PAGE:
At age 9, I decided to be the first Protestant saint, which would catapult me into a new edition of A Child’s History of Heroes and Heroines. I knew this was a stretch. My Sunday school teachers had been quite clear that Protestantism doesn’t do saints.
There were other challenges. Saint Elizabeth’s first word was “Jesus.” Mine was “Daddy.” She spent her days bringing bread to peasants in their huts. My town had no peasant huts, and my allowance wouldn’t cover armloads of Wonder Bread.
Next, the matter of pain. Saint Joan of Arc in armor looked dashing, but she also pulled an arrow from her breast, shocking even “hardened soldiers.” Then the manner of her death. My father once helpfully advised that if you’re going to be burned at the stake, bribe the executioner to stoke the fire with green boughs so you die of smoke inhalation long before flames reach your toes. Still.
Besides good works like saving France or bringing bread to peasants, mortification of the flesh seemed essential for sainthood, but the options were unpleasant: stoning, stabbing, being pressed or pulled apart, fed to lions, standing for years on towers in the desert or carrying hot coals. I devised an achievable goal of sleeping all night with hands crossed on my chest. Even this I couldn’t do consistently.
That summer I went to church camp. There was much to like: bunk beds in cabins, reasonable food, swimming, hiking, nice girls and sort of ok boys. We made candles and lumpy lanyards for our parents. At the nightly campfire after the inevitable “We Are Climbing Jacob’s Ladder,” we were challenged to spend one whole day acting like Jesus, a goal up there with standing on a pillar for years. Or . . . for the less ambitious, to concentrate on every phrase of the Lord’s Prayer, thinking of nothing but those words. However the distractions of stars, sparks flying upward and mosquitoes buzzing put even this modest challenge out of reach.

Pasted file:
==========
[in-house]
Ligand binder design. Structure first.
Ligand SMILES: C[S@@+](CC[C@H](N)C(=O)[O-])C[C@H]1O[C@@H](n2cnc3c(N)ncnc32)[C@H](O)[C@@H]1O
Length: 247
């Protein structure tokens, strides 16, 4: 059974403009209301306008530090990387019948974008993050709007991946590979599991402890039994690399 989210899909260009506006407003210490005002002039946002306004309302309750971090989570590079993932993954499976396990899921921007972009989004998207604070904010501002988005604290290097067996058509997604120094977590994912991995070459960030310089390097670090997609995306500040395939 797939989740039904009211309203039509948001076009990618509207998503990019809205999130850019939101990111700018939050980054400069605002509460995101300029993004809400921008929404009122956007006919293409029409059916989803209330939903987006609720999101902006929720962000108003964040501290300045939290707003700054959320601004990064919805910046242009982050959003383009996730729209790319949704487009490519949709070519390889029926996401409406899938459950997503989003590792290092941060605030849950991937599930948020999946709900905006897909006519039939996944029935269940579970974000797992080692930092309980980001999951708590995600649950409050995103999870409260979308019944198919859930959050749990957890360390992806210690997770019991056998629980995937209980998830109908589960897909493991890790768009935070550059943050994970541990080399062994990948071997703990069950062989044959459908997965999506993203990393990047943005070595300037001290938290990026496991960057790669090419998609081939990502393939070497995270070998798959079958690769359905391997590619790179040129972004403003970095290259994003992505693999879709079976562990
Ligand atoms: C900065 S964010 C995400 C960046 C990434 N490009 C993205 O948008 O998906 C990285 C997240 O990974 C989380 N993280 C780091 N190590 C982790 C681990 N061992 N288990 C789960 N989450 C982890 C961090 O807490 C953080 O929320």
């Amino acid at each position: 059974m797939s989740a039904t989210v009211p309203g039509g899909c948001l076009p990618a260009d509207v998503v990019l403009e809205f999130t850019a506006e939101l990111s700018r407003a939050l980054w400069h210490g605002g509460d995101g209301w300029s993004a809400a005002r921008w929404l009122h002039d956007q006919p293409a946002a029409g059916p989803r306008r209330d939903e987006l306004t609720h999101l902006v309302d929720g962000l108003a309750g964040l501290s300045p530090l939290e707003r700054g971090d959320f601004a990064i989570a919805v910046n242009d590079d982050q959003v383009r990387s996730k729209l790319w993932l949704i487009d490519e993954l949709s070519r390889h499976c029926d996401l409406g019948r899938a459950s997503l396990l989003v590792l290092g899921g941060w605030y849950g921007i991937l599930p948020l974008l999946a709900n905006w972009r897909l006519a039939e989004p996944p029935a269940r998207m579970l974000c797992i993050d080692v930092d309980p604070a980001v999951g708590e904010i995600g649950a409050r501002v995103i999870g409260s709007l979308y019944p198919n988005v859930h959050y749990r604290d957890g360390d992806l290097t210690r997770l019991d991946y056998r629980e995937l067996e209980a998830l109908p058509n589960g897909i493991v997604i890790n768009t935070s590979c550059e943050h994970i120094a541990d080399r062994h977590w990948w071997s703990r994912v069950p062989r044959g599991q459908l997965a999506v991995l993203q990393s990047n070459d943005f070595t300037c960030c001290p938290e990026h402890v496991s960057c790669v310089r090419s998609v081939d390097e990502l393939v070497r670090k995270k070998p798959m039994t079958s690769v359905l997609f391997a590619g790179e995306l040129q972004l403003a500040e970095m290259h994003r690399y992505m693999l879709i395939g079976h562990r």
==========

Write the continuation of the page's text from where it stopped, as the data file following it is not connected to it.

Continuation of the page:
All was not lost. We were to make cedar cross necklaces. The cedar smell was intoxicating and I did well at the sanding. Male counselors did the skilled work of nailing the cedar sticks together and inserting metal eyes at the top. We proudly wore our crosses around camp. But . . . we were to wear them at home, at school, everywhere. They were big on our small chests, nearly 4”. Only nuns wore crosses that large and they, whispered my girlfriends, were “married to Jesus.” At an age in which even kissing had a yuck factor, this was not attractive.
So, bit by bit my ambitions for Protestant sainthood faltered. In the fall, a state-sponsored endeavor to match our skills and strengths with career options suggested that my limited social skills pointed to bee-keeping.
I think this is a terrific piece of writing. In my view, something in limited supply in our world is wit. This writer can produce it. For me, the author’s attempts at sainthood bring smiles that originate deep inside. I think it is a combination of the innocence of childhood and the wry sense of ourselves that maturation brings. Wonderful.